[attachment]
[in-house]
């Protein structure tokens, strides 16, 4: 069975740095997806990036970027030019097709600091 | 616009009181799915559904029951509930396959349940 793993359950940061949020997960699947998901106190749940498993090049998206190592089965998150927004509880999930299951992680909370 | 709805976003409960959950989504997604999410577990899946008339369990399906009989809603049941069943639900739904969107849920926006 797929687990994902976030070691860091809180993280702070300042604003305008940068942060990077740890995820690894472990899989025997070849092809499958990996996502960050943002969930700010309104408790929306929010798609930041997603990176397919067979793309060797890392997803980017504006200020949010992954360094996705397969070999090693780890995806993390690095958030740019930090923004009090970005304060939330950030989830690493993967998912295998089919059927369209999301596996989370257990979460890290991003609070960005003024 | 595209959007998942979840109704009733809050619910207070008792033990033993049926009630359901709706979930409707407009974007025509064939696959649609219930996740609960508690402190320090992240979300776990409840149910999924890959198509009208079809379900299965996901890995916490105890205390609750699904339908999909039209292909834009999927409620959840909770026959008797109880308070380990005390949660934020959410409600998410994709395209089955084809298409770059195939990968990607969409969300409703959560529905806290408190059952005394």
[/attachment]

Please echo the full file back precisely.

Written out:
[in-house]
């Protein structure tokens, strides 16, 4: 069975740095997806990036970027030019097709600091 | 616009009181799915559904029951509930396959349940 793993359950940061949020997960699947998901106190749940498993090049998206190592089965998150927004509880999930299951992680909370 | 709805976003409960959950989504997604999410577990899946008339369990399906009989809603049941069943639900739904969107849920926006 797929687990994902976030070691860091809180993280702070300042604003305008940068942060990077740890995820690894472990899989025997070849092809499958990996996502960050943002969930700010309104408790929306929010798609930041997603990176397919067979793309060797890392997803980017504006200020949010992954360094996705397969070999090693780890995806993390690095958030740019930090923004009090970005304060939330950030989830690493993967998912295998089919059927369209999301596996989370257990979460890290991003609070960005003024 | 595209959007998942979840109704009733809050619910207070008792033990033993049926009630359901709706979930409707407009974007025509064939696959649609219930996740609960508690402190320090992240979300776990409840149910999924890959198509009208079809379900299965996901890995916490105890205390609750699904339908999909039209292909834009999927409620959840909770026959008797109880308070380990005390949660934020959410409600998410994709395209089955084809298409770059195939990968990607969409969300409703959560529905806290408190059952005394």